First Published: 2012-10-12


Egypt's public prosecutor to Mursi: I will not resign


Mahmud refuses to resign despite Egyptian President’s decree appointing him as Egypt's envoy to Vatican.


Middle East Online

By Mona Salem - CAIRO

Mahmud: According to the law, a judicial body cannot be dismissed by an executive authority

Egypt's public prosecutor refused to resign on Thursday after President Mohamed Morsi ordered his removal to allay public anger over the acquittals of Mubarak-era officials.

"I remain in my post," Abdel Meguid Mahmud told reporters. "According to the law, a judicial body cannot be dismissed by an executive authority."

Earlier, Morsi had issued a presidential decree "appointing prosecutor general Abdel Meguid Mahmud as Egypt's envoy to the Vatican," state television reported.

According to the decree, Mahmud would be temporarily replaced by one of his aides.

Morsi appointed Mahmud to a post abroad because the Egyptian legal system does not give the president the power to dismiss the public prosecutor, judicial sources said.

Mahmud's removal came just a day after a Cairo court acquitted 24 people-- including the former speakers of Egypt's two houses of parliament Safwat al-Sherif and Fathi Surur -- of organising a notorious camel-borne assault on protesters last year.

The acquittals sparked public outrage and prompted calls for protests.

Activists who played a central role in the protests that ousted president Hosni Mubarak blame Mahmud for the "weak evidence" offered by the prosecution in the case. They accuse him of being a loyalist of ousted president Hosni Mubarak's old regime.

Human rights activists expressed disbelief at the court's decision on the charges of incitement to murder which were referred to prosecutors at the recommendation of investigators in July last year.

The infamous "battle of the camel," which took place on one of the most violent days of last year's revolt, was seen as pivotal in drawing more crowds to join the anti-regime rallies.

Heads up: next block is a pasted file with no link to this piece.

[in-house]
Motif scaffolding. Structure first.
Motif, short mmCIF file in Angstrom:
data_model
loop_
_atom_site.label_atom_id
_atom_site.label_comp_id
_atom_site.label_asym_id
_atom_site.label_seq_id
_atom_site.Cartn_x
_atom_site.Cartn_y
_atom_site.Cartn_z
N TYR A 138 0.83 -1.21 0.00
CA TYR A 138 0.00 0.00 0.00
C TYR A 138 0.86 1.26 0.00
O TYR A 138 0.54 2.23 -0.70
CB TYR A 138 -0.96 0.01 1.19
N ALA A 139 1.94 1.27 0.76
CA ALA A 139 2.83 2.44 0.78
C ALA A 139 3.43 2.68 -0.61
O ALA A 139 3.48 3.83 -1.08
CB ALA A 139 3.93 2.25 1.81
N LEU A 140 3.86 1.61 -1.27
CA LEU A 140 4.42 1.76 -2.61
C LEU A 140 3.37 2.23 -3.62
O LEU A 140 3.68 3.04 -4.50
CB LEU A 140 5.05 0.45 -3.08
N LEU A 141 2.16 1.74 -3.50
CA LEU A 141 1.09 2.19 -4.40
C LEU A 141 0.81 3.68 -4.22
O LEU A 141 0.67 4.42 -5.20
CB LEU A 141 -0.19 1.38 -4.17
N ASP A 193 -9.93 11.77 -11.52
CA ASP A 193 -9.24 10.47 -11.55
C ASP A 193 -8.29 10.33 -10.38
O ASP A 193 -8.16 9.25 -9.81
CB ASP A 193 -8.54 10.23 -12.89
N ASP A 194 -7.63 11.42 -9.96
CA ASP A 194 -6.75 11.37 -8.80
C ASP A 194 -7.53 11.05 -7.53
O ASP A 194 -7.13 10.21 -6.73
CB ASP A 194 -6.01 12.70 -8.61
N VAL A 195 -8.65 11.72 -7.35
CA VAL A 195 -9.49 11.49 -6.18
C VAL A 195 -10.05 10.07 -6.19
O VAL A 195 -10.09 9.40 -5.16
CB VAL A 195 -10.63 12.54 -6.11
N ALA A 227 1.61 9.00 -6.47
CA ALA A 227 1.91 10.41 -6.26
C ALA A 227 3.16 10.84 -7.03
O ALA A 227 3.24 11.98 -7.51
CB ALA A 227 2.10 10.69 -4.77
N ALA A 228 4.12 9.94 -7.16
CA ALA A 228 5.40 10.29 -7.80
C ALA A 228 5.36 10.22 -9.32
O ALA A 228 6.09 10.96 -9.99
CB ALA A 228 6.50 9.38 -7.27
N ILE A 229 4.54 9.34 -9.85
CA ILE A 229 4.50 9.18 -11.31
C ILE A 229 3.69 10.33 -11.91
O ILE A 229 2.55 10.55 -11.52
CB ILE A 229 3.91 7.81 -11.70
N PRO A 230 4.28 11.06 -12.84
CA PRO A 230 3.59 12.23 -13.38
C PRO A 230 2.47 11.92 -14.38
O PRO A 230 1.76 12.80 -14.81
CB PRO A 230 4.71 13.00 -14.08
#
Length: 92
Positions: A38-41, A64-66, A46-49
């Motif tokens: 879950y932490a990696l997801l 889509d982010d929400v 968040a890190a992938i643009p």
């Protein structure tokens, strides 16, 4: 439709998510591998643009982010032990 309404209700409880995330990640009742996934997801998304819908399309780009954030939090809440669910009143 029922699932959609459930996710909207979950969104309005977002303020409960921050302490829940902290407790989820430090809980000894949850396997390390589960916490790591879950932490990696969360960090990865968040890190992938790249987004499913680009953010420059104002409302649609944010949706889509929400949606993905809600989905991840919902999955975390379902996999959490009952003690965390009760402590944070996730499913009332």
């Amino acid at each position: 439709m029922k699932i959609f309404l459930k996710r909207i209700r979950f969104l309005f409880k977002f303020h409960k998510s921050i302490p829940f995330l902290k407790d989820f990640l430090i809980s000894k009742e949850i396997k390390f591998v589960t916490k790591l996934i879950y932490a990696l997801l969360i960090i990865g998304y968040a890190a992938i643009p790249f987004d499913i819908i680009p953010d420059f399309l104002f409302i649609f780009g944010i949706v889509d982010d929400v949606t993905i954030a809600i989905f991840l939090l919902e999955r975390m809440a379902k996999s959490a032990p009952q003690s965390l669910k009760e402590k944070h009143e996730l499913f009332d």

On February 2, 2011, protesters gathered in Cairo's Tahrir Square and Mubarak supporters charged through the crowds on horses and camels, creating mayhem that quickly degenerated into violent clashes which left over 20 people dead.

Mahmud faced criticism even before the uprising following light sentences, in some cases acquittals, handed out to officials in cases of corruption and torture.

Earlier Thursday hundreds of protesters demonstrated in Cairo against the acquittal of the Mubarak-era officials.

They chanted slogans against the verdict, accusing the judges of "complicity" with the leaders of the former regime. "The people want to purify the judiciary," they shouted.

Secular pro-democracy movements had called for demonstrations on Thursday and Friday, demanding that the accused in the "battle of the camel" case be retried.

The powerful Muslim Brotherhood, from which Morsi emerged, said it would join the protests.

Various political parties and groups have also called for demonstrations on Friday against the country's Islamist-dominated Constituent Assembly that is tasked with drafting the country's new constitution.

Secular activists want a more representative body to be formed and justice to be done for protesters killed or tortured last year.

Almost 850 people were killed in the 18 days of popular protests that led to Mubarak's ouster on February 11 last year.

Mubarak and his interior minister Habib al-Adly were both jailed for life for their role in ordering the killings but, to the fury of activists, six top security chiefs who stood trial with them were acquitted.

A number of police accused of the murder of protesters have also been acquitted, raising fears of general impunity for the security forces.


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